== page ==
Then, one day, in 2016, she went back to the Philippines to go on vacation and start a business with Likha. “I asked my boss for my ESL job, ‘When I come back, will you still accept me?’ She said, ‘Yes.’ I was really planning on going back,” she recalls.
She didn’t come back, and Hiraya Bakery was born.
Colette is a believer in pushing for the use of local ingredients, “This is our land, our landscape. We have to use what we have.” But she is quick to say that to expand someone’s creativity in gastronomy, it is imperative to bring in the flavors of the rest of the big world.
“We don’t want to limit ourselves. Culinary is all-encompassing,” she says.
The pastries at Hiraya Bakery are stories of the owners’ experience, and the experience of other Filipinos, majority of whom have a global perspective. There is barely a Filipino now, who doesn’t know a friend or a relative or a neighbor living or working in another country.
Likha’s mother, for instance, works as a domestic helper in Syria. He feels his mother’s story in their tahini and sumac brownies.
When OFWs come home, they usually bring with them stories. “They might say, ‘When I was in Saudi Arabia, we used to eat these sesame seeds.’ This person may not have the vocabulary to explain what a tahini is. Likha’s mom is one of those people. When our customers taste our food, they might say, ‘Tay, alam ko na ’yong sinsasabi mo na na-try mo. ’Yon pala ’yong kinakain mo sa Saudi.’ Food is an excellent way for us to understand other people’s experiences. By eating our food, you, hopefully, get a connection.”
Still, at the core of their menu are local ingredients, many of which are not even found in the local markets. Then they combine their knowledge on local products and her vast experience working abroad.
The Sampinit Fudge Brownies are reminiscent of the raspberry Linzer cookies that she used to make at Sel de la Terre. Since she was taught to use whatever was available in the market, she decided to use sampinit, which grows during summer in San Pablo. She turned the fruits into jam, mixed it with brownie batter, and created one of the bakery’s first products.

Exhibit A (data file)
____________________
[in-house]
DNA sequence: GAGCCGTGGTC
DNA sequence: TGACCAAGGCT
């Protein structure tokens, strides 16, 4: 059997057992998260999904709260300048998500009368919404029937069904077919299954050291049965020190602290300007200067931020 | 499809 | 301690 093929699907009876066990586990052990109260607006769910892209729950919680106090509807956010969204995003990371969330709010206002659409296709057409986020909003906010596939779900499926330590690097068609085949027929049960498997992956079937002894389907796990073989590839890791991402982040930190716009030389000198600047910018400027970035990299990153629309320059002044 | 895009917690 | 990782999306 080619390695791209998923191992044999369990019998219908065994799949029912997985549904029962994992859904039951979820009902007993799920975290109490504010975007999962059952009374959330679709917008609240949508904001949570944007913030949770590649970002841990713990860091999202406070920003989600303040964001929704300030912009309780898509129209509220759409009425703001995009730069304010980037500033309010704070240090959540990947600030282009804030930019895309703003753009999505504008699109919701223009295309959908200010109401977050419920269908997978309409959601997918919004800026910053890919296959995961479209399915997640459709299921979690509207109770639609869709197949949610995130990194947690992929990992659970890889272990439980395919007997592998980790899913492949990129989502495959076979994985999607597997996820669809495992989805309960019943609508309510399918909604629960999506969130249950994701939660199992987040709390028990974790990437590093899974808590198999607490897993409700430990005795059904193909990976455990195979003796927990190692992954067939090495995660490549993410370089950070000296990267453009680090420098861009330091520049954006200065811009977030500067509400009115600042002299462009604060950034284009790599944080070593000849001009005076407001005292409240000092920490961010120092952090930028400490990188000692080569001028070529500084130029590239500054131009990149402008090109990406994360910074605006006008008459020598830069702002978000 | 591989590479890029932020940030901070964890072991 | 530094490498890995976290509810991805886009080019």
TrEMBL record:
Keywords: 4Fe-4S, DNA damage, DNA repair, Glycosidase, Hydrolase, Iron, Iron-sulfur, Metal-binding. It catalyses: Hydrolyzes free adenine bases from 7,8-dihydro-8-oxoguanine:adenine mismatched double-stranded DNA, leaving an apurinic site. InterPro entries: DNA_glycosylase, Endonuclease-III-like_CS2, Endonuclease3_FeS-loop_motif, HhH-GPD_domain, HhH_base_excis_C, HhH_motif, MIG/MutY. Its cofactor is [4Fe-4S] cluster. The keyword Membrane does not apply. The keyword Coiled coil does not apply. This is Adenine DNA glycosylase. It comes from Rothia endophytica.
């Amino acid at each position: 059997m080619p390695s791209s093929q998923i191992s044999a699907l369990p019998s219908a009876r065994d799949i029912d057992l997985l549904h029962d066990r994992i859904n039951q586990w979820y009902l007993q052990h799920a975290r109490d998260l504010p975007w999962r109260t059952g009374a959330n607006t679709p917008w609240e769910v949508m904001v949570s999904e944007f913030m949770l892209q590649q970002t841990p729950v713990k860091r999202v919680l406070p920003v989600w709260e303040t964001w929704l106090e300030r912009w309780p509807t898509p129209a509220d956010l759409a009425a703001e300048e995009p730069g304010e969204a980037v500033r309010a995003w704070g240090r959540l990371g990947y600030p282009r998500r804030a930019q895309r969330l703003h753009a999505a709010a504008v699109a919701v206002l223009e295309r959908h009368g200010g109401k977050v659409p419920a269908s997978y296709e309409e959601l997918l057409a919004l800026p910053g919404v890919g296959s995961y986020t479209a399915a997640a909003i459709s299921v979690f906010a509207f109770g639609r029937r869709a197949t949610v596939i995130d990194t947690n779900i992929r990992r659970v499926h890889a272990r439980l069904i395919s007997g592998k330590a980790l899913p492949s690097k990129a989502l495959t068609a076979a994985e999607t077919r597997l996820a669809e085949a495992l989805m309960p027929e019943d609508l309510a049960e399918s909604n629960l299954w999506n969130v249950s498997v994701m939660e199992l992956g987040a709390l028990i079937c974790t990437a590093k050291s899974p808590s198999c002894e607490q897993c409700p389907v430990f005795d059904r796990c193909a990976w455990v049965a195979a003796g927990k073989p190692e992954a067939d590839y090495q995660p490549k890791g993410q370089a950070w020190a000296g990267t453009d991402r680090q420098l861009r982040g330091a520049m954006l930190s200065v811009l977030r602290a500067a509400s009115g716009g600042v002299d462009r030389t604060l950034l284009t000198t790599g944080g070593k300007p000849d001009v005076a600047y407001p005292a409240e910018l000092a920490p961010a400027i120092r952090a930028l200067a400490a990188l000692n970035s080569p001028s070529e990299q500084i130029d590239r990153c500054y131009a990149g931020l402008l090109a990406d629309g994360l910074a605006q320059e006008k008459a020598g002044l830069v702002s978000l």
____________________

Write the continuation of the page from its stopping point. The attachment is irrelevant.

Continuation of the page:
Their Passion Fruit Cinnamon Sticky Buns are expected favorites. The buns play on the sourness of passion fruit—which Colette grows in her backyard—and the sweetness of caramel. The walnuts serve to add texture to a pleasantly treacly topping. Sadly, their passion fruit is limited. When they run out of jam, customers might have to wait until summer to try out this feat.
For those who love the taste of lemon in their dessert, the Calamansi Strawberry Brûlée Brioche is a good choice. The calamansi curd and strawberry compote renders a good contrast. Also try the Calamansi Basil Torte.
The strawberries, by the way are from the municipality of Bontoc in Mountain Province. The same supplier provides some of their coffee beans—the other beans are sourced from Batangas, and they’re planning to get more beans from Negros City, where Likha grew up.
One of Colette’s favorites are the Hermits, which call to mind fruit cake, due to the wood spices, and food for the gods, because of their texture. These cookies are a good pre-Christmas treat, perhaps, since the “ber” months are here?
The Tamarind Cumin Blondies deserve a nod, too, not the least bit for creativity and boldness.
And speaking of creativity, Colette tells us that the night before our interview, she and Likha were eating lanzones and drinking Yakult, when, almost in-sync, they thought, “Yakult panna cotta with lanzones!” Lanzones had just started to fill the fruit stands, so this pastry might actually come into being soon.
While they like exploring, there are menu staples, such as the Chocolate Cerveza Cake, the Smoked Salt and Rosemary Chocolate Truffle Cake, and Lemon Matcha Cheesecake, to name a few.
A special place
Before the Maginhawa store opened in July 2019, the owners of Hiraya Bakery were already happy selling their products in bazaars and online.
But the owner of the building approached them, and asked if they wanted a physical store. They agreed.
It’s a small team until now, with three cooks Terry, Rian, and Joy, working full-time at their main place in Laguna. As part of their mission, Colette and Likha continue to equip their employees with skills (through mentoring), and give them opportunities to become more financially sustainable. A few years ago, they gave some passion fruit seeds to their laundrywoman for her to plant. Now, they buy their passion fruit from her. They’ve also given seeds to their neighbors and one of their cooks.
Since they’ve had the store for two months, their followers have been asking them if they’re planning to expand. The store can barely fit 10 people inside, although there are three small tables in the balcony.
“We’re not planning on expanding,” Colette says with a smile. “We’re not planning on having other branches. We really want to keep it small. We want to keep it simple. We want this to be a very special place, that if you really want to try our pastries, you can just come here.”
Hiraya Bakery is at 3/F 195 Maginhawa Street, Sikatuna Village, Quezon City, (0995) 027-9853, Instagram and Facebook @hirayabakery
Photos by Chris Clemente